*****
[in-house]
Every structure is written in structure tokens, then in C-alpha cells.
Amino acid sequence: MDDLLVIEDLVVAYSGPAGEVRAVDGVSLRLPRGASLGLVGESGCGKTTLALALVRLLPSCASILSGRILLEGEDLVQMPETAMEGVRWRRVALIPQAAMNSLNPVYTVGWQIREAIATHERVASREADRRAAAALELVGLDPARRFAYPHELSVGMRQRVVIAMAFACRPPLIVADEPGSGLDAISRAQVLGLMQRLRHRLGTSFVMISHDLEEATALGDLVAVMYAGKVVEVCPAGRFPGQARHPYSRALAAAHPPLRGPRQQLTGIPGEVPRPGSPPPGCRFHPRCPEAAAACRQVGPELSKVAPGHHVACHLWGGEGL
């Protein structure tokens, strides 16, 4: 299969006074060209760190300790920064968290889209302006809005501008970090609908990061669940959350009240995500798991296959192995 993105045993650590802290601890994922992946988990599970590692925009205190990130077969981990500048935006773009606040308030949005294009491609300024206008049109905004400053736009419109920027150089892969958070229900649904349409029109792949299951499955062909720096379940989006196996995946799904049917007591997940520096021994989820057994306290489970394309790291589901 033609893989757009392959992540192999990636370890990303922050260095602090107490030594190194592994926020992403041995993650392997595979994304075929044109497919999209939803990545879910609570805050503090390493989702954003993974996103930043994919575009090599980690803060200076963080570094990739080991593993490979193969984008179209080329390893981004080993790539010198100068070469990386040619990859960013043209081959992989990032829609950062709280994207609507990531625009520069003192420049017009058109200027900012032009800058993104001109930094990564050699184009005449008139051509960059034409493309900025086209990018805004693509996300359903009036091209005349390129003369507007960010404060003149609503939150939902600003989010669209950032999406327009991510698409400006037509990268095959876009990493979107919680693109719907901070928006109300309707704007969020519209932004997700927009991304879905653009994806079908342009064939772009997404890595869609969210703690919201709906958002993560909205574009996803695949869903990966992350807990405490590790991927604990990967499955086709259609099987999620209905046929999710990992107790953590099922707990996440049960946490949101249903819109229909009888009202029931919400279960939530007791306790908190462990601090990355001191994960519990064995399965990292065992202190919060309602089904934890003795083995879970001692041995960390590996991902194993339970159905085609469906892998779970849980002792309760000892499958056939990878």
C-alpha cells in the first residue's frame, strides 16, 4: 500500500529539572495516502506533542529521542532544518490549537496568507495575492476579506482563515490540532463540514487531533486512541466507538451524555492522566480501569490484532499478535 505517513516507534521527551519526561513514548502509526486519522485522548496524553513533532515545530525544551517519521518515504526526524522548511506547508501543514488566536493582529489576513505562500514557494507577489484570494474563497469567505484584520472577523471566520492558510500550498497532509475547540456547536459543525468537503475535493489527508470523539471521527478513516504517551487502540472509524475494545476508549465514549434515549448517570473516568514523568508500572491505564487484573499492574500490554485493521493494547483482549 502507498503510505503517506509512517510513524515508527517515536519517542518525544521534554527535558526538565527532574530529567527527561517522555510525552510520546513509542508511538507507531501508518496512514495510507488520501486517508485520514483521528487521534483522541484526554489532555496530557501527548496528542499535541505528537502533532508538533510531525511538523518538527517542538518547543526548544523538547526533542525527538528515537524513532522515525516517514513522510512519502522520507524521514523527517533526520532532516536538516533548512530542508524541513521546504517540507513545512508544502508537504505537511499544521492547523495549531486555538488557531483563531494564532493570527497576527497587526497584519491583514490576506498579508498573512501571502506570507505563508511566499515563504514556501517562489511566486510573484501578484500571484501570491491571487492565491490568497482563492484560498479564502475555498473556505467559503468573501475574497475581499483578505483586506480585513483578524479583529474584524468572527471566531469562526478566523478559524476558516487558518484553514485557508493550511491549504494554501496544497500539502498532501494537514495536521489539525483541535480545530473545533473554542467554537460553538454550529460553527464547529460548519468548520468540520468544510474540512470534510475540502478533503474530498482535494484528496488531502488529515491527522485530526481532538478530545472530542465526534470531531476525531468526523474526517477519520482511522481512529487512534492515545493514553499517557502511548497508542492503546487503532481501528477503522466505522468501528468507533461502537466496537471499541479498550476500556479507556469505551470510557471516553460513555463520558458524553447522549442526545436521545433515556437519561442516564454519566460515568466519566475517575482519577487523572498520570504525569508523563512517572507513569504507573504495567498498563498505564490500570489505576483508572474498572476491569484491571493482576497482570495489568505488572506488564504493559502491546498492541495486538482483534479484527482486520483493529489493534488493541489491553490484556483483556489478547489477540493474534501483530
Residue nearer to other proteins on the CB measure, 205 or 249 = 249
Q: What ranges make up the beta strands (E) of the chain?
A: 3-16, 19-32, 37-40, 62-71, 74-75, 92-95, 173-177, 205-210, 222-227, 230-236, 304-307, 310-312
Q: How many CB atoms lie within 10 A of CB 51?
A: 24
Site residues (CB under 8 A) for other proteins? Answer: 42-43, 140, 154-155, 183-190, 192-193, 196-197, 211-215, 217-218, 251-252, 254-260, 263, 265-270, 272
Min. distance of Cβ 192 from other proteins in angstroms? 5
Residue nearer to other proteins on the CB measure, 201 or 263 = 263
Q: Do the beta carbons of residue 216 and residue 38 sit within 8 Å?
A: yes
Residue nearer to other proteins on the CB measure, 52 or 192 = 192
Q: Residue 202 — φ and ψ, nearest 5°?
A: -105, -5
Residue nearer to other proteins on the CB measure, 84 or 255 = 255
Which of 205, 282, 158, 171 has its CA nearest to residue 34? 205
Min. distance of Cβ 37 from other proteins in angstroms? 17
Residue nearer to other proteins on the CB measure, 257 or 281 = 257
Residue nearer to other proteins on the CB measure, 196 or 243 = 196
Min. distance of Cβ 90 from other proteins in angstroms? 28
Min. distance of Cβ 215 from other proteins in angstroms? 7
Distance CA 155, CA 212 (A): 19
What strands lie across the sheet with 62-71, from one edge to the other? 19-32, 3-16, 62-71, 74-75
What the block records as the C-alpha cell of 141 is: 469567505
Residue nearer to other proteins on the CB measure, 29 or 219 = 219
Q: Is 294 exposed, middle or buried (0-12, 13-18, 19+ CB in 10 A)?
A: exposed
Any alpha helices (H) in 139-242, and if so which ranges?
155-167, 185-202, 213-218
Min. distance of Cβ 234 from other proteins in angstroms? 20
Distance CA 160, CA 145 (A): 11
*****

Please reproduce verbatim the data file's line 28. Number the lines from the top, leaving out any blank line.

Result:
What the block records as the C-alpha cell of 141 is: 469567505